Left to right: Alayna Davis, Salma Huerta, MJ Latta, Mikayla Register, Kaitlin Covington, and Kyleigh Wynn signing “I Love You” at a VSU BCM event. JEFF FORD/Special
VALDOSTA — Three years ago, some American Sign Language Interpreting majors at Valdosta State University saw the need for a Deaf ministry. Taking that passion, they founded the Deaf Ministry within the VSU Baptist Collegiate Ministries. The impact of that decision reverberates through VSU BCM to this day.
It’s not hard to see why. In recent years, the ASL major at VSU has continued to grow, and the desire for ASL interpretation has grown with it. Kaitlin Covington, a junior ASL major and current BCM president, has been actively involved with the Deaf Ministry for a year. However, her love for the deaf community began long before.
“I went on a mission trip the summer after my junior year of high school and met a couple of girls, one whose sister was deaf. That’s when I found out that the Deaf community was considered an unreached people group. I wanted to do something about that.”
One of the first things Covington did was major in ASL and join the BCM’s Deaf Ministry. “Even within the Bible Belt you have unreached people. Deaf people are used to having to battle to communicate. Anyone willing to give them the time of day can put a smile on their face.”
Mikayla Register understands this well. A junior Criminal Justice major, she co-leads this year’s Deaf Ministry team. She’s hard of hearing, and her hearing will continue to degenerate over time. For Register, Deaf culture is a relatively new experience, but the challenges she’s faced are not.
“I know isolation. I know what it’s like to not have access in my language” she says.
After meeting Covington and a couple other students, Register got involved with BCM. She knew she had found a place she was welcomed.
“Part of what originally held me back from BCM was the fear of not having it in my language. The Deaf Ministry has become a place where I can show up, am accepted, and get the message of the Gospel in a way I understand. I don’t have to question what I’m missing.”
Over the course of Register’s college career, she’s gone from participating in Deaf Ministry, to interpreting in it, to leading it. Her involvement and growth through the ministry is just one story of how God is working in VSU BCM’s deaf program.
Kyleigh Wynn, a junior ASL major from Eastman, also leads the VSU Deaf Ministry. She began by signing songs for the BCM’s weekly IMPACT meeting on Tuesday nights. While Wynn initially saw it as an opportunity to practice signing more often, she now views it as a personal outreach.
“It’s not just for the interpreting majors to practice; it’s also to reach the deaf on campus,” she emphasizes. “Learning the language helps you communicate with the deaf in BCM, as well as the deaf on campus. You can invite them to the BCM and have conversations with them on your own.”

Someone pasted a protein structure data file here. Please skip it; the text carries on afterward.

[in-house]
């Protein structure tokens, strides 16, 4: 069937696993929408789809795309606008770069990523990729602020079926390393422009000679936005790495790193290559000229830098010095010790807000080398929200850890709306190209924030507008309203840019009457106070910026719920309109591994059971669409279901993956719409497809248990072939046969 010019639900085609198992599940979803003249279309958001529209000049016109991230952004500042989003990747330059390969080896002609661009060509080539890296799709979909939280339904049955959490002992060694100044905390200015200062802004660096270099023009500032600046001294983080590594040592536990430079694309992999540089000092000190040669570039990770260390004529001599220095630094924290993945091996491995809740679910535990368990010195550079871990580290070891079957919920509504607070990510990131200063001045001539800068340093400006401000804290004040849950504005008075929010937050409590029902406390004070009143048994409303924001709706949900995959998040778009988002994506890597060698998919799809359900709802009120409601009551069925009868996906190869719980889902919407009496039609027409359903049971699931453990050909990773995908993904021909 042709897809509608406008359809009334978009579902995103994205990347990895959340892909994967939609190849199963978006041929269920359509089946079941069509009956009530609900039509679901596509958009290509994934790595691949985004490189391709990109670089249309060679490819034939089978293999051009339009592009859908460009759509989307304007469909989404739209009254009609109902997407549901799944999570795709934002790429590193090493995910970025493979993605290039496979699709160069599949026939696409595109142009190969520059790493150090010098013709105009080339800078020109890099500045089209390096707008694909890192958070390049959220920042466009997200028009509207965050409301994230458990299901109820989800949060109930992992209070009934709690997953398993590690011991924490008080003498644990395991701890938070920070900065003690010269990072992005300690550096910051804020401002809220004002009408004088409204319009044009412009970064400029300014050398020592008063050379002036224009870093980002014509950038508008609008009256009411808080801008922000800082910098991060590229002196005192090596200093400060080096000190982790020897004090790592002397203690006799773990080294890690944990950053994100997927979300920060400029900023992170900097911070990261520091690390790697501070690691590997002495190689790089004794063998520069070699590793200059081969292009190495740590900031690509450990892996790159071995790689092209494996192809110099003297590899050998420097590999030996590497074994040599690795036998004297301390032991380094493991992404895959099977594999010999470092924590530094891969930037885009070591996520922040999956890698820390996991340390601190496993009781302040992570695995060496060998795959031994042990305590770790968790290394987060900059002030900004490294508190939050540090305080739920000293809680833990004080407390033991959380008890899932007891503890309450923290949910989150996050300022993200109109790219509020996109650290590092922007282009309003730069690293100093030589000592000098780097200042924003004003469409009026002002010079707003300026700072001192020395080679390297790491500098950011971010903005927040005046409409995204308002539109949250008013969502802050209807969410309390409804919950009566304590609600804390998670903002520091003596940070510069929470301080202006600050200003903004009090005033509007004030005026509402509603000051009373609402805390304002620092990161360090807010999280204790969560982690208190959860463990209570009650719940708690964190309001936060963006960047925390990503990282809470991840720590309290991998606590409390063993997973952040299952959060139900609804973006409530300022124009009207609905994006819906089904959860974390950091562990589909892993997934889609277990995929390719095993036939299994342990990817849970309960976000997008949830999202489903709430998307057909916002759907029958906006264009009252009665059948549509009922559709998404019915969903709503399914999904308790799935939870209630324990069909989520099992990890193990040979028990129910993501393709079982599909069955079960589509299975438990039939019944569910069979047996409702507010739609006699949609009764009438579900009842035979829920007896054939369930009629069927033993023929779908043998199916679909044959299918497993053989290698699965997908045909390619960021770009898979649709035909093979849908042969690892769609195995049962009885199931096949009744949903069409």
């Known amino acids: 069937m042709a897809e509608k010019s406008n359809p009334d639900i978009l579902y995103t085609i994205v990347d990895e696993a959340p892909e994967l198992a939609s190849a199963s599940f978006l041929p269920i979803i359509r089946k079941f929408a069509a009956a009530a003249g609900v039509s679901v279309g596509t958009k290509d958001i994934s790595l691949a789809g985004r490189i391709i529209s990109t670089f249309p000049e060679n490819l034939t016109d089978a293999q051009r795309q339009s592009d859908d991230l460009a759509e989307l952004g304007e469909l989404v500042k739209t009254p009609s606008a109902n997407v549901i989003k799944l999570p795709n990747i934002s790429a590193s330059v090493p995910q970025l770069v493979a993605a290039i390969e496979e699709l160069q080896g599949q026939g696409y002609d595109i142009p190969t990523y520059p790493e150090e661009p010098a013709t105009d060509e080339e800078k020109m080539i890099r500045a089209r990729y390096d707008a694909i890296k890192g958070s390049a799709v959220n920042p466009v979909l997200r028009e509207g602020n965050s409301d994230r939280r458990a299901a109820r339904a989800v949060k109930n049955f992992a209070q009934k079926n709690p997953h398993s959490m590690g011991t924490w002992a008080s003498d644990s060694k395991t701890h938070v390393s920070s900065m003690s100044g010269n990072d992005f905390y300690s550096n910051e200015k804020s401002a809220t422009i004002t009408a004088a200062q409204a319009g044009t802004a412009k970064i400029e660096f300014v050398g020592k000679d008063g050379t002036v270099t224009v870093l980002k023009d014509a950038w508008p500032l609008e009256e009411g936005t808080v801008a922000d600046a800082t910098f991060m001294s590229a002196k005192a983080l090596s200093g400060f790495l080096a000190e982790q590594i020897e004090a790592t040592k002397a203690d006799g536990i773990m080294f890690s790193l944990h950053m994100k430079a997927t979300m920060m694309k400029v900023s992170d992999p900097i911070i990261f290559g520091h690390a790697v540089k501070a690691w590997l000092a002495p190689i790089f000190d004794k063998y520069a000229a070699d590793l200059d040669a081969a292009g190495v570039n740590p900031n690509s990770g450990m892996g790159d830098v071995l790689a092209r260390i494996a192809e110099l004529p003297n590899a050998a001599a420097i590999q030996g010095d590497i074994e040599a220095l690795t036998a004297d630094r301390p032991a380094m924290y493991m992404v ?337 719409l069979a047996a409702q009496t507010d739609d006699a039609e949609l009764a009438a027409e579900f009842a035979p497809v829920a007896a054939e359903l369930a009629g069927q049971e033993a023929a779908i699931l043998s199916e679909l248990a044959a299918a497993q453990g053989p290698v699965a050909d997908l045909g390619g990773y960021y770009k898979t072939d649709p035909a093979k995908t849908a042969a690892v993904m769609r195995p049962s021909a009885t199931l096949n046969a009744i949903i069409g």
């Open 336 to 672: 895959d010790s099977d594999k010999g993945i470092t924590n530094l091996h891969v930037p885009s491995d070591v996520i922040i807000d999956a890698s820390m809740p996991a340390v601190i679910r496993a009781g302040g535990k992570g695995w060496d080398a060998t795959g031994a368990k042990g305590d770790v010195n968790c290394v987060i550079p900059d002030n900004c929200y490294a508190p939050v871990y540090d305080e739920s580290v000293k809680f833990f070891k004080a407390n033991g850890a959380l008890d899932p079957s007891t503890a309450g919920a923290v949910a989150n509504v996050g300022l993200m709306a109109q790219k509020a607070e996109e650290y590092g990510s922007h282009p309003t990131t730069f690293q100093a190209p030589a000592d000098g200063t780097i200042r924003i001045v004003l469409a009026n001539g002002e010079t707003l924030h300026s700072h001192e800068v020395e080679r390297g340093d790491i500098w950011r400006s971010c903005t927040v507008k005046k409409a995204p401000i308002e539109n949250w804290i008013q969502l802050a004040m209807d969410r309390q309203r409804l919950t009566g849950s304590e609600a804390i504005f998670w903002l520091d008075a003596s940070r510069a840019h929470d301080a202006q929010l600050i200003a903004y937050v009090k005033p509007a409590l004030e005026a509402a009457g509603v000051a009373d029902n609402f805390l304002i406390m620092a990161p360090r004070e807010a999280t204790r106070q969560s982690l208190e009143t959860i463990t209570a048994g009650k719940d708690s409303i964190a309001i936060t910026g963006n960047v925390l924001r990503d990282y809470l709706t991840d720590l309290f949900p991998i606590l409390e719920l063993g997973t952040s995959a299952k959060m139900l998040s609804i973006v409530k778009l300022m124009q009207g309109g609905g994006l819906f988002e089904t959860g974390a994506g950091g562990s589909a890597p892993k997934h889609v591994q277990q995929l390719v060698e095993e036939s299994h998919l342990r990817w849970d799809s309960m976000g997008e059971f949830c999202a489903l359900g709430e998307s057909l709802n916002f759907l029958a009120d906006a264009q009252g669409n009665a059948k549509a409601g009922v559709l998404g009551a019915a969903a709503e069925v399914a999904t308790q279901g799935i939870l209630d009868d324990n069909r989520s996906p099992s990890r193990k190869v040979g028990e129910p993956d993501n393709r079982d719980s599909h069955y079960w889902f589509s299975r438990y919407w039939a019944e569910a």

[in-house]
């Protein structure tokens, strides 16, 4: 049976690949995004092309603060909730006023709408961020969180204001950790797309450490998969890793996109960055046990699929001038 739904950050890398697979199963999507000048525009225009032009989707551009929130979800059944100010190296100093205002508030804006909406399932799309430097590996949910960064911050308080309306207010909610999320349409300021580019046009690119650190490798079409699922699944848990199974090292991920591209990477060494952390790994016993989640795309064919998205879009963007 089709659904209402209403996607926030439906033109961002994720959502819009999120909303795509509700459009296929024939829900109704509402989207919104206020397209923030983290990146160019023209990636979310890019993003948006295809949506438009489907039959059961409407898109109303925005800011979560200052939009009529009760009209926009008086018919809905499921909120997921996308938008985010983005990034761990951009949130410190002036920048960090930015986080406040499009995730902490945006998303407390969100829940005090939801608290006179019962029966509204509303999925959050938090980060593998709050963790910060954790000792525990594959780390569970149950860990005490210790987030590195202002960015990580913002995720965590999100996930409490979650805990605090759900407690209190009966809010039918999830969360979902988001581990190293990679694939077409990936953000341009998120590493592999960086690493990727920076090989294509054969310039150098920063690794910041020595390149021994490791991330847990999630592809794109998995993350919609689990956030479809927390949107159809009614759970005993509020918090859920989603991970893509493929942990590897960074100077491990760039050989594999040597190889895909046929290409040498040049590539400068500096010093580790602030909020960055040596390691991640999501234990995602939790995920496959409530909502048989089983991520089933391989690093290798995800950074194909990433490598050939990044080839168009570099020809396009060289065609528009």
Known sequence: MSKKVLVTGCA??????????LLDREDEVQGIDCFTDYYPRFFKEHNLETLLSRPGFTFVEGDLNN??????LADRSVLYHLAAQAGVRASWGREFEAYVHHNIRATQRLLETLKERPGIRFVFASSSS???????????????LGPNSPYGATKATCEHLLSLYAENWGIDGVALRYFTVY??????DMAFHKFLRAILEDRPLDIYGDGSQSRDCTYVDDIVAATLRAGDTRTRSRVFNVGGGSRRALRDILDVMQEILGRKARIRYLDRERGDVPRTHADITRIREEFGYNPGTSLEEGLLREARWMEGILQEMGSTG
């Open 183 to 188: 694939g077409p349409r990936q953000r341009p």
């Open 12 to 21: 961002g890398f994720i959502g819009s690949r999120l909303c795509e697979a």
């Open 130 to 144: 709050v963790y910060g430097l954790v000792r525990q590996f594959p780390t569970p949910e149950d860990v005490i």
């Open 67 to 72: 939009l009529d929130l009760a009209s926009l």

For Covington, Register, and Wynn, the reality that so many of the deaf community are lost strikes a chord.
“Fewer than 5% of churches in Georgia reach out to the deaf community, and there’s still a barrier because not many people know the Gospel in ASL,” Wynn says. “It’s hard to communicate the Gospel to them if you can’t communicate with them to begin with.”
“Even though you might not realize it, there is a deaf community on every campus. Too often this community goes unnoticed, especially as an unreached people group, because they’re not across the world. They’re right here, right now,” says Covington.
Register vividly remembers the moment she realized that concept. “When I found out that the deaf were an unreached people group, I was in tears. I didn’t realize how little access they had in their language. It hurts my heart, that I have access but there are people all over the world who don’t.”
These three girls have been changed by their passion for deaf missions, but they’ve changed the lives of others as well. The deaf aren’t the only group being reached by the ministry. The future leaders BCM have also caught the vision for reaching the deaf on campus.
Jeff Ford, campus minister for the VSU BCM, says, “There’s now a desire for even non-interpreting students to connect with the deaf and hard of hearing when they come to our events.
“We have been beyond blessed by the freshman. They’ve asked how they could help and what they could do because they wanted it to continue. I had been afraid that the ministry would end after we graduated, but I’ve seen God answer our prayers by providing these freshmen,” Register acknowledges.
Many BCMers are signing up for the BCM’s ASL tutoring lessons and volunteering to lead worship songs at IMPACT.
“For the students who don’t have enough experience to sign a message, if you give them a couple days to ‘gloss’ (as the ASL majors say) a song, they’ll stand up there and sign it. Right now, there are more students who want to sign a song than there are songs in our Tuesday night program,” remarks Ford.
Covington recalls a lesson she learned and continues to learn when it comes to ASL, “It just takes effort; it doesn’t take knowledge. It’s about having the opportunity to reach people who want to feel loved and want to have the chance to hear the Gospel in their heart language.”
“It’s uncomfortable to reach out,” Register concedes, “but we’re not called to stay in our comfort zones. If that means reaching out to a deaf person, do it! Even if you don’t know how to sign. People’s lives and souls are at stake.”